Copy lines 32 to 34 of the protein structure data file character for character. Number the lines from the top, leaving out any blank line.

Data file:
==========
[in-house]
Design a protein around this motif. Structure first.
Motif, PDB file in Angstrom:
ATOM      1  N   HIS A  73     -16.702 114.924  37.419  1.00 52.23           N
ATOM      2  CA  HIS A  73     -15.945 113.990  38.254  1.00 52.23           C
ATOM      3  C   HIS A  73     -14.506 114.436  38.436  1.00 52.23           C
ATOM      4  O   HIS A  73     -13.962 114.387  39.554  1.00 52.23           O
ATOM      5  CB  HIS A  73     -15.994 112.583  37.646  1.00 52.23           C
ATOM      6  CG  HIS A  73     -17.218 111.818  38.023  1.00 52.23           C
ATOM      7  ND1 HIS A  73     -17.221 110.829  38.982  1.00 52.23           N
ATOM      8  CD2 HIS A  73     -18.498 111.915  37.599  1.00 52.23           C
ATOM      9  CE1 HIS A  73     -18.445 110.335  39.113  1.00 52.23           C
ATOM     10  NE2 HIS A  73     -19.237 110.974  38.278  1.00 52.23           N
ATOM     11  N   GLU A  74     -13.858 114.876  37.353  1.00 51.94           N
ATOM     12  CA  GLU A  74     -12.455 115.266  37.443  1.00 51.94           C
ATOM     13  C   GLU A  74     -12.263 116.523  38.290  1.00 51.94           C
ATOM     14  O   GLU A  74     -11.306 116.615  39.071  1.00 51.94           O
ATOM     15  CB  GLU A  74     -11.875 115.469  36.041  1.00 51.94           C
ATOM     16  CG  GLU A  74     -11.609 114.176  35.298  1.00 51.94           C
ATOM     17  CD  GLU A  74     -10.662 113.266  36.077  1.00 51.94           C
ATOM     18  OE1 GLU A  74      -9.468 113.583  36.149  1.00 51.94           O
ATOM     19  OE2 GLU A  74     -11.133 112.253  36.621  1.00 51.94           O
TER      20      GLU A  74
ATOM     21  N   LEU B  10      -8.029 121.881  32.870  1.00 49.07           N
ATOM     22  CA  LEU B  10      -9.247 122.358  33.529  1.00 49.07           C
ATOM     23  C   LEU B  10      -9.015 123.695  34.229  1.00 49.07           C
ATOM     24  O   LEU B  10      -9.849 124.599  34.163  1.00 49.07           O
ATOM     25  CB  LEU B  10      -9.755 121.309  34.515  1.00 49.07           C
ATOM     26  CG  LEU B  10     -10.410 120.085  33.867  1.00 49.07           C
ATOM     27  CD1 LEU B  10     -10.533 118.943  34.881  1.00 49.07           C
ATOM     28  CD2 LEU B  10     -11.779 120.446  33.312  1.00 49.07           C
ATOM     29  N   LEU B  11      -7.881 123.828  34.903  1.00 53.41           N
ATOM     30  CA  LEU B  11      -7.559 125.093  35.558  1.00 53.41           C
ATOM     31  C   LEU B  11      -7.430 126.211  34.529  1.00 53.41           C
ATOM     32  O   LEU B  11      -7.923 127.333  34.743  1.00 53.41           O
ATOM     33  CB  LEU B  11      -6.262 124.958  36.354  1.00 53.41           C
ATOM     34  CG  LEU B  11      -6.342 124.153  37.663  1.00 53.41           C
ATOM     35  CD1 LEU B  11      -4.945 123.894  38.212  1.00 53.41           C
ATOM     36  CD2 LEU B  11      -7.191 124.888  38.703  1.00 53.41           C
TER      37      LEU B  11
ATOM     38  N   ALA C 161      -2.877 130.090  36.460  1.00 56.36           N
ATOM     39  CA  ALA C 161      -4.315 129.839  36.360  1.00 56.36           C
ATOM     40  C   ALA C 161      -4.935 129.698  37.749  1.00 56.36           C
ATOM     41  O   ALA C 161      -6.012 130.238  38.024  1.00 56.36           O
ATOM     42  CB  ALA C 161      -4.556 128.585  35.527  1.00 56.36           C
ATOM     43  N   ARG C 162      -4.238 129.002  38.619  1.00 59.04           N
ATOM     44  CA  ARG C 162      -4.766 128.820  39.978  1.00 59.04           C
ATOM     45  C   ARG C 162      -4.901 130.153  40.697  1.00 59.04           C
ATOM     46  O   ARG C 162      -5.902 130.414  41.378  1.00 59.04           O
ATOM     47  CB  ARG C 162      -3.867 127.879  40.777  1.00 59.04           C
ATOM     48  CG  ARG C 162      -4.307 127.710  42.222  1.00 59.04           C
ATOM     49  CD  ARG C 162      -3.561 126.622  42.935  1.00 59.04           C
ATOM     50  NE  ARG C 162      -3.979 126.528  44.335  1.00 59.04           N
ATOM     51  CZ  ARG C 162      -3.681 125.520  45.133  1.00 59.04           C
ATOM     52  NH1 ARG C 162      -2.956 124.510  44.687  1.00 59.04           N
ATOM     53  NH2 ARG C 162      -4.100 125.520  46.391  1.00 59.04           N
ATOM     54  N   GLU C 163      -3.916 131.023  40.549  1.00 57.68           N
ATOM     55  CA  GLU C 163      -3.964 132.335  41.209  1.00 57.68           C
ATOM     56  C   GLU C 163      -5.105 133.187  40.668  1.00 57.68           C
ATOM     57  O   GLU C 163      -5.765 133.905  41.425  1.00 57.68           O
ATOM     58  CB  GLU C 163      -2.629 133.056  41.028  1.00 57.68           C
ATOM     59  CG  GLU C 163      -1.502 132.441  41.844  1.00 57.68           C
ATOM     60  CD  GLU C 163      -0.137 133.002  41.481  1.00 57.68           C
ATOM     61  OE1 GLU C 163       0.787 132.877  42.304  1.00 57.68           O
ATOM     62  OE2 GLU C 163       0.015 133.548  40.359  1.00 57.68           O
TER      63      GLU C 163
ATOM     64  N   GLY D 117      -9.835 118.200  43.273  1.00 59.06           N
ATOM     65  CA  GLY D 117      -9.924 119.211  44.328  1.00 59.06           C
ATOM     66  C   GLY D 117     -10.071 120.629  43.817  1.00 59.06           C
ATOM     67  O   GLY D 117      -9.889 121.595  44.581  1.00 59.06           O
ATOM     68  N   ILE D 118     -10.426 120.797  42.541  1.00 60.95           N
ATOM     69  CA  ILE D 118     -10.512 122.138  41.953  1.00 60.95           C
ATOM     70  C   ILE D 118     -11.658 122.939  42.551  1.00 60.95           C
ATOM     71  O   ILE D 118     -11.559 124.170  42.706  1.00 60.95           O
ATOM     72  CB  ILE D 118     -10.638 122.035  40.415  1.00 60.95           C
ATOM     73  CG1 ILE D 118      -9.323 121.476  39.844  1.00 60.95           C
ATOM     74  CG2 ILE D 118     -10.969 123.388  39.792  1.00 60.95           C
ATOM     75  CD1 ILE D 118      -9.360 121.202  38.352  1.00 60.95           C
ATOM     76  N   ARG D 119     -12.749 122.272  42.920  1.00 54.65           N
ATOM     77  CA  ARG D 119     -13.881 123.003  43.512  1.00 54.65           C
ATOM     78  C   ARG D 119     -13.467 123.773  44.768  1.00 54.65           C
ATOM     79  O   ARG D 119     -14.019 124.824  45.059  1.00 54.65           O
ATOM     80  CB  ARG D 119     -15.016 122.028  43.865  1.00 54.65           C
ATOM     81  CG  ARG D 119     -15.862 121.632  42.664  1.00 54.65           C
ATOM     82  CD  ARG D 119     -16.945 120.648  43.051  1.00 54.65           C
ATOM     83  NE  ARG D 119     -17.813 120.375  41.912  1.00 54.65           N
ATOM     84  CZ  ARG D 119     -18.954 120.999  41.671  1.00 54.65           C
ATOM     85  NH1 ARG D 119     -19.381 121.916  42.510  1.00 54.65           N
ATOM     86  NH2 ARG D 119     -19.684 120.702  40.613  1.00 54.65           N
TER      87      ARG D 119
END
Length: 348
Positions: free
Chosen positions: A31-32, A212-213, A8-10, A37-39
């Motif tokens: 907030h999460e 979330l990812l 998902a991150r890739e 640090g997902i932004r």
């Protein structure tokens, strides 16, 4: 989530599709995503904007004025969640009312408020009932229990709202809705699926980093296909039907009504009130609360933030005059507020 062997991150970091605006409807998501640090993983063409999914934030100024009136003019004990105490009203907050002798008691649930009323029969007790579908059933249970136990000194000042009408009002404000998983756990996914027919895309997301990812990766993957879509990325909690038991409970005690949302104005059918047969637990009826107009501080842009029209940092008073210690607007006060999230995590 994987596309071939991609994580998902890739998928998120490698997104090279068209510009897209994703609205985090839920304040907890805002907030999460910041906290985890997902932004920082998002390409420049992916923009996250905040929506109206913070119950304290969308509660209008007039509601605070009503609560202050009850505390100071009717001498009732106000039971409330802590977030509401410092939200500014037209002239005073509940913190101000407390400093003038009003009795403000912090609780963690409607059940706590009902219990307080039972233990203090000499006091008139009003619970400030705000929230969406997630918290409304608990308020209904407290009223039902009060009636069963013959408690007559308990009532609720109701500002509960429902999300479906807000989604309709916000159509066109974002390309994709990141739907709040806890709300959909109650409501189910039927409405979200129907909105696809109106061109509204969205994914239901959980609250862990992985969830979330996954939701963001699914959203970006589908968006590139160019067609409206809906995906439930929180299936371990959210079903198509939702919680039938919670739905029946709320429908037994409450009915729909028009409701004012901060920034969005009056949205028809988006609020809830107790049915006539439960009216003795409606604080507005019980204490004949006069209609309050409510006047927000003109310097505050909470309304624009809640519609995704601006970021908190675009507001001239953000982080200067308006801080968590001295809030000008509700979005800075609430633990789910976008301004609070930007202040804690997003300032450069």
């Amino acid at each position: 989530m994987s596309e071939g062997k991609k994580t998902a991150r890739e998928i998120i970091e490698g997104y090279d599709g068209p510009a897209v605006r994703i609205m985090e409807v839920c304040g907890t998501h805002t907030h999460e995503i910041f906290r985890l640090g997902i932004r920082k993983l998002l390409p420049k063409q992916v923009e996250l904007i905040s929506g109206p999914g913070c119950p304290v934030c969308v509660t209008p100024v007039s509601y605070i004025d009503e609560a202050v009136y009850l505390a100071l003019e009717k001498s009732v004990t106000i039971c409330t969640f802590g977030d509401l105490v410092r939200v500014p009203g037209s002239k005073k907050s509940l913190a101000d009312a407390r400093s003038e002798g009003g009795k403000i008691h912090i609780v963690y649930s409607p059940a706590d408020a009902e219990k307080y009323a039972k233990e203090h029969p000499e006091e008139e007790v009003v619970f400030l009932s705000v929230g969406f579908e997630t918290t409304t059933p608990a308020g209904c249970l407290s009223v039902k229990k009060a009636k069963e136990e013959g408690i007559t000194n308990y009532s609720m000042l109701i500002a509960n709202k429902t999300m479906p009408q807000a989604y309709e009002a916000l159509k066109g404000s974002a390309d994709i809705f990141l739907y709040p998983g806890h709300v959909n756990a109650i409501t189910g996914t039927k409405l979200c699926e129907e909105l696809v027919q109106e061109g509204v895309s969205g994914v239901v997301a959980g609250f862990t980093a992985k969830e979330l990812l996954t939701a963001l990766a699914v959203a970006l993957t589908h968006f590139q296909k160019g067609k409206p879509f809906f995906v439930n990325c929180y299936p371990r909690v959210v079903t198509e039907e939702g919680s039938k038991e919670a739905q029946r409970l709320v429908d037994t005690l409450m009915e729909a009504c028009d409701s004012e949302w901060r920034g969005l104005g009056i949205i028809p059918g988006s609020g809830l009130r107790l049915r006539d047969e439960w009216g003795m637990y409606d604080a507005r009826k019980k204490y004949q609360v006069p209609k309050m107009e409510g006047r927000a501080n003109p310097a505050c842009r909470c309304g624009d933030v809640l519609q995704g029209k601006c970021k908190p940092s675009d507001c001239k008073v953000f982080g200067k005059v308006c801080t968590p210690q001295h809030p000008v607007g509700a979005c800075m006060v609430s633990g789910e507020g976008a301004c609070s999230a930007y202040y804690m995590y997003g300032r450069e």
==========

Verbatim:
ATOM     29  N   LEU B  11      -7.881 123.828  34.903  1.00 53.41           N
ATOM     30  CA  LEU B  11      -7.559 125.093  35.558  1.00 53.41           C
ATOM     31  C   LEU B  11      -7.430 126.211  34.529  1.00 53.41           C